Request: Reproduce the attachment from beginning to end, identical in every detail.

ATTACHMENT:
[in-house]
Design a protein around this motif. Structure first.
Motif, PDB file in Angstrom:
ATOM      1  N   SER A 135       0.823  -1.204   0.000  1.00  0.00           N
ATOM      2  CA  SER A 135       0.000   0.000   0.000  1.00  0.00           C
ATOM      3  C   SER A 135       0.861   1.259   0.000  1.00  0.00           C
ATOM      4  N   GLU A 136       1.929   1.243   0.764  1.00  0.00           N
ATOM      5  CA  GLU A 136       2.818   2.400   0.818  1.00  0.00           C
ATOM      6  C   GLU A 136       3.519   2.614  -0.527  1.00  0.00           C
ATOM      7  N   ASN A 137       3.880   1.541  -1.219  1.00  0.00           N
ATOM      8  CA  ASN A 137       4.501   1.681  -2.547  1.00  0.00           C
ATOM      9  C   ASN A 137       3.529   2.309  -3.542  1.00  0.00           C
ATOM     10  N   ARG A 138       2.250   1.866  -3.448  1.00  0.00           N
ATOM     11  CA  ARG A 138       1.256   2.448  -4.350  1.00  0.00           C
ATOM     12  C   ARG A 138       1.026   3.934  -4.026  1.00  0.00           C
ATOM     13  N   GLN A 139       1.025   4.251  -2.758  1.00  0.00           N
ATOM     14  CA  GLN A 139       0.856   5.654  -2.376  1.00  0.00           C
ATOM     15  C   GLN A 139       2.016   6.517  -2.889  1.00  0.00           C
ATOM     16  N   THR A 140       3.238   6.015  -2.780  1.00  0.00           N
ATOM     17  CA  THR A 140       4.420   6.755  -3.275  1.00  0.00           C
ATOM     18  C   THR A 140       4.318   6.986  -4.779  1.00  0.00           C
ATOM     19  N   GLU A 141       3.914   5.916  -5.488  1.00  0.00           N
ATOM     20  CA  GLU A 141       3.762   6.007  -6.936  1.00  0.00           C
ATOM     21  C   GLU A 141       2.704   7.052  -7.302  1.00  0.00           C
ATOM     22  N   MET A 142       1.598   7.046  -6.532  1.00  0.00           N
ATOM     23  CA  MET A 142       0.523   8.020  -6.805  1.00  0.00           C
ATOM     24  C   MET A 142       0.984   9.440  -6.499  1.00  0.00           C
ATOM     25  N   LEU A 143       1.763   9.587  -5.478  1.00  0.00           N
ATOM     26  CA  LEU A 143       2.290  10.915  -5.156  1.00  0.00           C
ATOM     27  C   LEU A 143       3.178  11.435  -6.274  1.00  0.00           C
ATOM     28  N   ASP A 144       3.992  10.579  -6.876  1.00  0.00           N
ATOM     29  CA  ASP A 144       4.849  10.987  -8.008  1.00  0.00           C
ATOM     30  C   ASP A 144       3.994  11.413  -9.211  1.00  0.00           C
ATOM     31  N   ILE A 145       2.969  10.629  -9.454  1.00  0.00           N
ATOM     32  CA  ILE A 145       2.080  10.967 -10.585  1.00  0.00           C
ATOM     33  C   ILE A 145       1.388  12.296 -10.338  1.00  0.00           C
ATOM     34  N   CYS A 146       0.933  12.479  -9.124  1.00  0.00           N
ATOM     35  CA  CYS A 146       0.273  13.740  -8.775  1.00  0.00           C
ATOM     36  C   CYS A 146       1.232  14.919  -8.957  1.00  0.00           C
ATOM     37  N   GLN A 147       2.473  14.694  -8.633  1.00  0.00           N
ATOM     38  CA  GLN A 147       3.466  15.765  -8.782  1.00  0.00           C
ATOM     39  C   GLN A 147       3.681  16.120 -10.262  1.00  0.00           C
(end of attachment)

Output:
[in-house]
Design a protein around this motif. Structure first.
Motif, PDB file in Angstrom:
ATOM      1  N   SER A 135       0.823  -1.204   0.000  1.00  0.00           N
ATOM      2  CA  SER A 135       0.000   0.000   0.000  1.00  0.00           C
ATOM      3  C   SER A 135       0.861   1.259   0.000  1.00  0.00           C
ATOM      4  N   GLU A 136       1.929   1.243   0.764  1.00  0.00           N
ATOM      5  CA  GLU A 136       2.818   2.400   0.818  1.00  0.00           C
ATOM      6  C   GLU A 136       3.519   2.614  -0.527  1.00  0.00           C
ATOM      7  N   ASN A 137       3.880   1.541  -1.219  1.00  0.00           N
ATOM      8  CA  ASN A 137       4.501   1.681  -2.547  1.00  0.00           C
ATOM      9  C   ASN A 137       3.529   2.309  -3.542  1.00  0.00           C
ATOM     10  N   ARG A 138       2.250   1.866  -3.448  1.00  0.00           N
ATOM     11  CA  ARG A 138       1.256   2.448  -4.350  1.00  0.00           C
ATOM     12  C   ARG A 138       1.026   3.934  -4.026  1.00  0.00           C
ATOM     13  N   GLN A 139       1.025   4.251  -2.758  1.00  0.00           N
ATOM     14  CA  GLN A 139       0.856   5.654  -2.376  1.00  0.00           C
ATOM     15  C   GLN A 139       2.016   6.517  -2.889  1.00  0.00           C
ATOM     16  N   THR A 140       3.238   6.015  -2.780  1.00  0.00           N
ATOM     17  CA  THR A 140       4.420   6.755  -3.275  1.00  0.00           C
ATOM     18  C   THR A 140       4.318   6.986  -4.779  1.00  0.00           C
ATOM     19  N   GLU A 141       3.914   5.916  -5.488  1.00  0.00           N
ATOM     20  CA  GLU A 141       3.762   6.007  -6.936  1.00  0.00           C
ATOM     21  C   GLU A 141       2.704   7.052  -7.302  1.00  0.00           C
ATOM     22  N   MET A 142       1.598   7.046  -6.532  1.00  0.00           N
ATOM     23  CA  MET A 142       0.523   8.020  -6.805  1.00  0.00           C
ATOM     24  C   MET A 142       0.984   9.440  -6.499  1.00  0.00           C
ATOM     25  N   LEU A 143       1.763   9.587  -5.478  1.00  0.00           N
ATOM     26  CA  LEU A 143       2.290  10.915  -5.156  1.00  0.00           C
ATOM     27  C   LEU A 143       3.178  11.435  -6.274  1.00  0.00           C
ATOM     28  N   ASP A 144       3.992  10.579  -6.876  1.00  0.00           N
ATOM     29  CA  ASP A 144       4.849  10.987  -8.008  1.00  0.00           C
ATOM     30  C   ASP A 144       3.994  11.413  -9.211  1.00  0.00           C
ATOM     31  N   ILE A 145       2.969  10.629  -9.454  1.00  0.00           N
ATOM     32  CA  ILE A 145       2.080  10.967 -10.585  1.00  0.00           C
ATOM     33  C   ILE A 145       1.388  12.296 -10.338  1.00  0.00           C
ATOM     34  N   CYS A 146       0.933  12.479  -9.124  1.00  0.00           N
ATOM     35  CA  CYS A 146       0.273  13.740  -8.775  1.00  0.00           C
ATOM     36  C   CYS A 146       1.232  14.919  -8.957  1.00  0.00           C
ATOM     37  N   GLN A 147       2.473  14.694  -8.633  1.00  0.00           N
ATOM     38  CA  GLN A 147       3.466  15.765  -8.782  1.00  0.00           C
ATOM     39  C   GLN A 147       3.681  16.120 -10.262  1.00  0.00           C